MOVIE REVIEW: ‘Gods Of Egypt’ mixes old with new, still sucks

gods of egypt

Film: Gods Of Egypt
Directed by: Alex Proyas
Starring: Gerard Butler, Nikolaj Coster-Waldau, Brenton Thwaites

There’s something really admirable about Hollywood’s eagerness to keep pumping out loud, big budget, mythological epics with the hope of striking gold. It sometimes provides auteurs with a chance to run rampant through centuries-old material while making it their own. I’m in the minority here that thinks that Tarsem Singh’s Immortals is one of the most beautiful sword-and-sandal blockbusters to come out in the past decade. Gods Of Egypt is another one of those “grand visions,” providing a giant canvas for director Alex Proyas to play around with. Unfortunately, the brush strokes are broad and the colors got muddled together before hitting the surface. What we see here is an odd, ofttimes goofy battle between gods that seems burdened by comic book cinema. Imagine 2010’s Clash Of The Titans but with an even less engaging story and more in-your-face battles.

In a world dominated and run by giant gods, skeptics like Bek (Brenton Thwaites) believe that his city’s rulers are a bit too big for their britches. After Horus (Nikolaj Coster-Waldau) gets dethroned and exiled by Set (Gerard Butler), the world descends into madness. Bek is forced to team up with Horus once his main squeeze, Zaya (Courtney Eaton), is sent to purgatory prematurely. What blossoms is an adventure to restore the world to its prior glory.

I’m just going to go out on a limb and say that Alex Proyas is one weird dude. I mean, he made The Crow, Dark City and the bonkers Nicolas Cage flick, Knowing. The man certainly doesn’t like to take a concept and keep to the path of least resistance. As a matter of fact, Gods Of Egypt is all stuff on the path of least resistance and in the worst way possible, too. His camera barely affixes for more than a few seconds before doing frenetic tricks like 360-degree slow motion camera sweeps around completely computer generated environments. It’s like a bunch of money shots filled with stuff that was only halfway done. All of the visual effects would belong in a Roger Corman production or a Golan and Globus one, but here everything is played against a turgid “chosen one” storyline and a universe shoddily introduced and explored.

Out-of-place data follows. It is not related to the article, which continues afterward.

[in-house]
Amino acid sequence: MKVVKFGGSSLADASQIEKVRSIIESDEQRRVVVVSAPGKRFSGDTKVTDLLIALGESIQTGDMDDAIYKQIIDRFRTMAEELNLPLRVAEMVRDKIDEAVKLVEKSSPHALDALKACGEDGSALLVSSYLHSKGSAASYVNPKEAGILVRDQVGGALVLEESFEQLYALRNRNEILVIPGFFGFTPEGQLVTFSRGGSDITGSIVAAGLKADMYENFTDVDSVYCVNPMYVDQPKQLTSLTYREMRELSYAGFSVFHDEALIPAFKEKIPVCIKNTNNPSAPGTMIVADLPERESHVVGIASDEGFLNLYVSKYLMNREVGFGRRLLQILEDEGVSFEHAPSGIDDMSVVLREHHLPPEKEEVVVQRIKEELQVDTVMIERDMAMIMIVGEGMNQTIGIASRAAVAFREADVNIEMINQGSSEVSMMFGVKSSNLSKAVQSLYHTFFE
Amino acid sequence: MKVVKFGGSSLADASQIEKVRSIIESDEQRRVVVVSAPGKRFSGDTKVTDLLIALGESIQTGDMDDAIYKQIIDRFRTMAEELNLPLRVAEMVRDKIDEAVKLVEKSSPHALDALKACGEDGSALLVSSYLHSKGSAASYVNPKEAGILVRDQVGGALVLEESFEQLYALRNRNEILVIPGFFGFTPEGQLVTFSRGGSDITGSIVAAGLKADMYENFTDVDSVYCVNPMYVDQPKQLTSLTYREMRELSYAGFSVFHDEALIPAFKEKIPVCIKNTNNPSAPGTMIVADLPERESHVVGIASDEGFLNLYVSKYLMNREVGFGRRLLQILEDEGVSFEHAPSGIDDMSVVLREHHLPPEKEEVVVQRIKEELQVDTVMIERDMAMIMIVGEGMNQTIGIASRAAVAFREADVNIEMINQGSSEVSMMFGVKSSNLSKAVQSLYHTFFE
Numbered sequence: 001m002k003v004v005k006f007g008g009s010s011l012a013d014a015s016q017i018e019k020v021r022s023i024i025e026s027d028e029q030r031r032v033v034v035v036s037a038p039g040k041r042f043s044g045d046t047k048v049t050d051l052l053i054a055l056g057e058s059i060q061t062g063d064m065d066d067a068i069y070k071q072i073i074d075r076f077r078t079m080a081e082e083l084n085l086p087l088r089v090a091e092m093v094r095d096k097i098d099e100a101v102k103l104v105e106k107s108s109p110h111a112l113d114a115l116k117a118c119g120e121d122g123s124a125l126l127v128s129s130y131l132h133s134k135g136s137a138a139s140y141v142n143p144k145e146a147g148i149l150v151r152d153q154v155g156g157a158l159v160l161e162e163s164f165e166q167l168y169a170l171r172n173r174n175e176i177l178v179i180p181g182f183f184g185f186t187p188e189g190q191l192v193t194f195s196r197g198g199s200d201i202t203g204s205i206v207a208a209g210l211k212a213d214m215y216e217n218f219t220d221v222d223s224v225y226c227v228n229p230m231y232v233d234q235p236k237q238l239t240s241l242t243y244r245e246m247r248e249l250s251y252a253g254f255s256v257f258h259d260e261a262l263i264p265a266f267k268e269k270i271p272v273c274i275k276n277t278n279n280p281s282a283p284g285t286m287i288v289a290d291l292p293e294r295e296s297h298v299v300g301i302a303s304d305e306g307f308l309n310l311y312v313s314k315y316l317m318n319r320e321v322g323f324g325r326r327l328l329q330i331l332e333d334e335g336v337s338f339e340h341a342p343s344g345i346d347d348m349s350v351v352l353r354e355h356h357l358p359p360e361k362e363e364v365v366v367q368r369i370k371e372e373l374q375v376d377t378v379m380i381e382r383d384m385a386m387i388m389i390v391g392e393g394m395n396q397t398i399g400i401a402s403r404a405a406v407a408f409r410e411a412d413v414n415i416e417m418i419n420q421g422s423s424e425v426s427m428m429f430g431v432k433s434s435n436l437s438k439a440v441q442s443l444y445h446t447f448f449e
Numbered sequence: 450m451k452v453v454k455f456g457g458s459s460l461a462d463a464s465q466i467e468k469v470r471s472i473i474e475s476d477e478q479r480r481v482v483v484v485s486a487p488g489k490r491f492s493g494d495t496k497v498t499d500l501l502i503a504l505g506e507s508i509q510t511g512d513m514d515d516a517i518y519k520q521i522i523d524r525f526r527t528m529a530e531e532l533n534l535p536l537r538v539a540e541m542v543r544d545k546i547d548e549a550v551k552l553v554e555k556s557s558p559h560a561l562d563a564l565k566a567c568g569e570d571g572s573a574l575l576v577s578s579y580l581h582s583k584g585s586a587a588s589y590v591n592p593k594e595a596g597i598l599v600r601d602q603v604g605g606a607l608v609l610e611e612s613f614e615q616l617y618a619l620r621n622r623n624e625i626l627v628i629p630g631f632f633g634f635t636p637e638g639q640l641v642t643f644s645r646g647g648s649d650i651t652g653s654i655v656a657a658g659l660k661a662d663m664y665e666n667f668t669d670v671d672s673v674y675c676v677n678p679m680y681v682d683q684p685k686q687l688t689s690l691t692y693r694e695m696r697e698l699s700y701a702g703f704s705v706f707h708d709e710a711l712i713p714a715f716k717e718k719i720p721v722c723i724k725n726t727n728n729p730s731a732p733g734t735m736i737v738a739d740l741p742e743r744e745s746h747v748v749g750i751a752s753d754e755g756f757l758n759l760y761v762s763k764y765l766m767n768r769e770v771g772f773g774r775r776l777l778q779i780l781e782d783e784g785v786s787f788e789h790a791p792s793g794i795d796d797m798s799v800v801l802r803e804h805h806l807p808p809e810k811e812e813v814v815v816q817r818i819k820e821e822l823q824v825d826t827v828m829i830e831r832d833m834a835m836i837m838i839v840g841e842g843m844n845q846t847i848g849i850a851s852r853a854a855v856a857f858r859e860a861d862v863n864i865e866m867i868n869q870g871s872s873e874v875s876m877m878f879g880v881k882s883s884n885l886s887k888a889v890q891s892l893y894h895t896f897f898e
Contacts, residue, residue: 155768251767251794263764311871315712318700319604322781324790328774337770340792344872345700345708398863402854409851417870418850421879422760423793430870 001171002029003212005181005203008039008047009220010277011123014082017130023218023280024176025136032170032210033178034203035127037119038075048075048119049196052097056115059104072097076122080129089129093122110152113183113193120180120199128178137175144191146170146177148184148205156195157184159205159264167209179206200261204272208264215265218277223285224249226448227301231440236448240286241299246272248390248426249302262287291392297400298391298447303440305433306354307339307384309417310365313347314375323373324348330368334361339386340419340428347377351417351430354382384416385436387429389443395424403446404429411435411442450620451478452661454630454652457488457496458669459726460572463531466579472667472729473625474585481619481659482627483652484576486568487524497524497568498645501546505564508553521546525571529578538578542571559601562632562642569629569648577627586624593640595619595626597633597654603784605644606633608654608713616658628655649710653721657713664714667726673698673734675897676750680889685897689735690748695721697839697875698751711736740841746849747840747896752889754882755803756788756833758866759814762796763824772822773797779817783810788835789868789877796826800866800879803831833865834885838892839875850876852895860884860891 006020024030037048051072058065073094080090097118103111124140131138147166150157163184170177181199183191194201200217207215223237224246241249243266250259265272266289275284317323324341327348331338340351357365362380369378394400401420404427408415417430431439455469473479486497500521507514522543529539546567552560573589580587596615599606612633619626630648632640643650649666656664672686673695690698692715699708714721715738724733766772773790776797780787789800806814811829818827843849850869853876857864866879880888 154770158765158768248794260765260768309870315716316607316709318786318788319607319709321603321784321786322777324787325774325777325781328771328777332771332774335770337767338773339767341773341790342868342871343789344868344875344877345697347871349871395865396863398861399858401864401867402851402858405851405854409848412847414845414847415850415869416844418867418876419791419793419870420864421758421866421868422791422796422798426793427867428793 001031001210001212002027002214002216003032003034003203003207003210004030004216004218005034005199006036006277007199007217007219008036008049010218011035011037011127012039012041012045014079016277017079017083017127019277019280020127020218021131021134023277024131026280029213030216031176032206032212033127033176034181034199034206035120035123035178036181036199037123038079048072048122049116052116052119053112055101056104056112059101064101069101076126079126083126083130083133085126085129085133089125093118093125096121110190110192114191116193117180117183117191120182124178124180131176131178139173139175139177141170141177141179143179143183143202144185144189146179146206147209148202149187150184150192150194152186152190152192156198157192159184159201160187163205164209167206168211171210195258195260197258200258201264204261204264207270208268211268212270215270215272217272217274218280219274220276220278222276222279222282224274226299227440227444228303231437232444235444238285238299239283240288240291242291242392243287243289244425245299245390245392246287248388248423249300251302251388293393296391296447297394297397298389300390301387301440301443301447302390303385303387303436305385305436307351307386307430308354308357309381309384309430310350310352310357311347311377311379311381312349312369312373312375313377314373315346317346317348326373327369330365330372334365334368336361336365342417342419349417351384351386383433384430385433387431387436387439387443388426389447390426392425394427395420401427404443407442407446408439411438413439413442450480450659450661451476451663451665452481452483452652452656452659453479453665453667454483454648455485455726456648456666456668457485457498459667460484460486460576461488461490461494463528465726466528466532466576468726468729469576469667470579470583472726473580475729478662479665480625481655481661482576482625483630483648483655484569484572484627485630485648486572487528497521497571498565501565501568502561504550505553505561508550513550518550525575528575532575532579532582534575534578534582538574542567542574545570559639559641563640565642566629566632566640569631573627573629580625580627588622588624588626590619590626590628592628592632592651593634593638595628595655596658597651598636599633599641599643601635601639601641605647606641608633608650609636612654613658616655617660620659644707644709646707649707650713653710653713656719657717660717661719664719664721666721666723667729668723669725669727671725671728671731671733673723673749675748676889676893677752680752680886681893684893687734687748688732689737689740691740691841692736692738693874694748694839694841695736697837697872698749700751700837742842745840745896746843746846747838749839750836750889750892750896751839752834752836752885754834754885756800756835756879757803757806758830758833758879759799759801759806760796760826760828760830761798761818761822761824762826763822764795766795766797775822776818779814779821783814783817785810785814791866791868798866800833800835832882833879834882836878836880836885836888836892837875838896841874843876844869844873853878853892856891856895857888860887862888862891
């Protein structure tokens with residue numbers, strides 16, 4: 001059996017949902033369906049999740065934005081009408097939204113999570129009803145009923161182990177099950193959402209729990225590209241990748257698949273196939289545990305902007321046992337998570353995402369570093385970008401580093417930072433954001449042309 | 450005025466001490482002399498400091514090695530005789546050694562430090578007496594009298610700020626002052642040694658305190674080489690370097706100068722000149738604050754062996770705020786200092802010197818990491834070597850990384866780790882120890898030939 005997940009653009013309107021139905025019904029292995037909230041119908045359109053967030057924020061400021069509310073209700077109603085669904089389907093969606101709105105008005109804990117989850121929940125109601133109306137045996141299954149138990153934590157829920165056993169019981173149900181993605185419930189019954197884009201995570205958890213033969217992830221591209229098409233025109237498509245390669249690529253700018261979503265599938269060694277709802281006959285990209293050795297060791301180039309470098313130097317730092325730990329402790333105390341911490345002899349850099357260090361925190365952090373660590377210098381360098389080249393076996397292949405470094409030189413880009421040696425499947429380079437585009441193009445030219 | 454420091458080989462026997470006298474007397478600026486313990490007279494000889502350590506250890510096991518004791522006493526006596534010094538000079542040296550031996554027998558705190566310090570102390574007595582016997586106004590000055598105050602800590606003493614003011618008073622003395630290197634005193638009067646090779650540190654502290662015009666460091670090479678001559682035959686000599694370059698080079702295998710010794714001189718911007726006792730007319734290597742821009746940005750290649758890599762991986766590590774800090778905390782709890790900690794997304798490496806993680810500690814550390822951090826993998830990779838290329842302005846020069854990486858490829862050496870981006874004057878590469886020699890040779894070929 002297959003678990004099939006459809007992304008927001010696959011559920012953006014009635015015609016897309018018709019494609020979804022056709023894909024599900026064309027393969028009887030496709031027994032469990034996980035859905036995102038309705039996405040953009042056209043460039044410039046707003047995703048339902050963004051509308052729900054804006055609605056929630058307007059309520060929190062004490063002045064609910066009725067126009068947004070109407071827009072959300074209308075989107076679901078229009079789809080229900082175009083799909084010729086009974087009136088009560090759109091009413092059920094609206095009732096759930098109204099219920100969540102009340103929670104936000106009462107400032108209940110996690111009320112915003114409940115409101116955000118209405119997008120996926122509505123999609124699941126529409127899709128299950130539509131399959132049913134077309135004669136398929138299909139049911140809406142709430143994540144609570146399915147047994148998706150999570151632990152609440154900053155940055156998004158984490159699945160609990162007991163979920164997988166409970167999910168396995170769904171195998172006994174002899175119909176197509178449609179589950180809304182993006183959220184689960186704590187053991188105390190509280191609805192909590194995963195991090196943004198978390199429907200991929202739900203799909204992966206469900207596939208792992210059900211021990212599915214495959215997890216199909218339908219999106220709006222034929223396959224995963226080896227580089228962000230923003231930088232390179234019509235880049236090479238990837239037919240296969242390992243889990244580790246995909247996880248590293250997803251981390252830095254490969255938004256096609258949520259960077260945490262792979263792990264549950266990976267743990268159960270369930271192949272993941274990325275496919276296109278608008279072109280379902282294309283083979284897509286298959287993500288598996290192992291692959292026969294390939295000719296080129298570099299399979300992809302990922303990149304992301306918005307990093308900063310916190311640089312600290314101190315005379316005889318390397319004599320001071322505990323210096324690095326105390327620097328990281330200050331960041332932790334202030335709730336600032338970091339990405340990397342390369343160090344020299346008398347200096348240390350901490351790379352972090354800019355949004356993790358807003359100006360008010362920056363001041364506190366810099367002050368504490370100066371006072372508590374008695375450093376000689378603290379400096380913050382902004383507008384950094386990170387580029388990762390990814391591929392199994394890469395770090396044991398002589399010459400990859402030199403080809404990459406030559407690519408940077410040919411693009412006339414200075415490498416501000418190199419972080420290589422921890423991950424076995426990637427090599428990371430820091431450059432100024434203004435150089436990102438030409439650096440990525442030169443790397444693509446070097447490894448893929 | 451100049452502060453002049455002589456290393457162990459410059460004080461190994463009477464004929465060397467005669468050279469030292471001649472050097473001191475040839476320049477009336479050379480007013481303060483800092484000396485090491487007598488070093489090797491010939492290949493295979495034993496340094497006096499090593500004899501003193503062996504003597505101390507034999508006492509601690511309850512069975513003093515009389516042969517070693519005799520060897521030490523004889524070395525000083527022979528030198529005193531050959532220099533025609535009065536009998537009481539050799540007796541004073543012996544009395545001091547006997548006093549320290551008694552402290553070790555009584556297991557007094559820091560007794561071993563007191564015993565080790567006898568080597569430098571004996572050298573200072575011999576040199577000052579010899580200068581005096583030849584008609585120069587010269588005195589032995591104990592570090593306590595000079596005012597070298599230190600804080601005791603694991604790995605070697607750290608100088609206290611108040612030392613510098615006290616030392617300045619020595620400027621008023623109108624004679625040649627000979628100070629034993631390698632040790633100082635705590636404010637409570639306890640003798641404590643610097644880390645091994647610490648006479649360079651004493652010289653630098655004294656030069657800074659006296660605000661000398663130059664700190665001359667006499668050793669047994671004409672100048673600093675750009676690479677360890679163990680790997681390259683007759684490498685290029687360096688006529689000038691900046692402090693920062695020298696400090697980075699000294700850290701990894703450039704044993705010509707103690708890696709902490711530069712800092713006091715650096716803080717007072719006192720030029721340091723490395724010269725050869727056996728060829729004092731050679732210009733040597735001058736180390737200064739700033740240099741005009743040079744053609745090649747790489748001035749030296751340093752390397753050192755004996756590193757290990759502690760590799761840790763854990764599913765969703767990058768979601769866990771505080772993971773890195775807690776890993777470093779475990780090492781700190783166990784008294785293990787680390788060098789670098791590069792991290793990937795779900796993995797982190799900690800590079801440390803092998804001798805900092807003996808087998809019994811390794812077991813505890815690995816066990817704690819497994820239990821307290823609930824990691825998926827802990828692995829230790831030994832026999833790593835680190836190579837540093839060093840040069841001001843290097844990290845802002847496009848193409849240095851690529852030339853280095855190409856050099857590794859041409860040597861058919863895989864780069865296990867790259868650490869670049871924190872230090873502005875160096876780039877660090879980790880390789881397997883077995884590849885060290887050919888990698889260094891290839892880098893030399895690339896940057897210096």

Gods Of Egypt actually has all of the ingredients to be an entertaining bad movie, but that isn’t the reality. For all of the gonzo mythological shit thrown into a blender—like Set turning into a metal-clad horse monster or the sun god turning out to be a nonplussed gatekeeper of the universe—everything just turns out extremely dull. Chadwick Boseman, who plays the god of infinite wisdom, Thoth, at least hams things up to add some spice to a bland story. For a movie that has a million rushed action scenes like it has to get somewhere, it’s a real slog to get through the two-plus hours of this thing.

There’s this “grand vision” lying in Gods Of Egypt somewhere. There’s even some okay bits about breaking the veneer off of these gods’ respective vanities in there. It’s simultaneously a callback to the trashy ’70s and ’80s mythological epics of old but mixed with the comic book conventions of new. Oh well, moving on.


Sam Cohen
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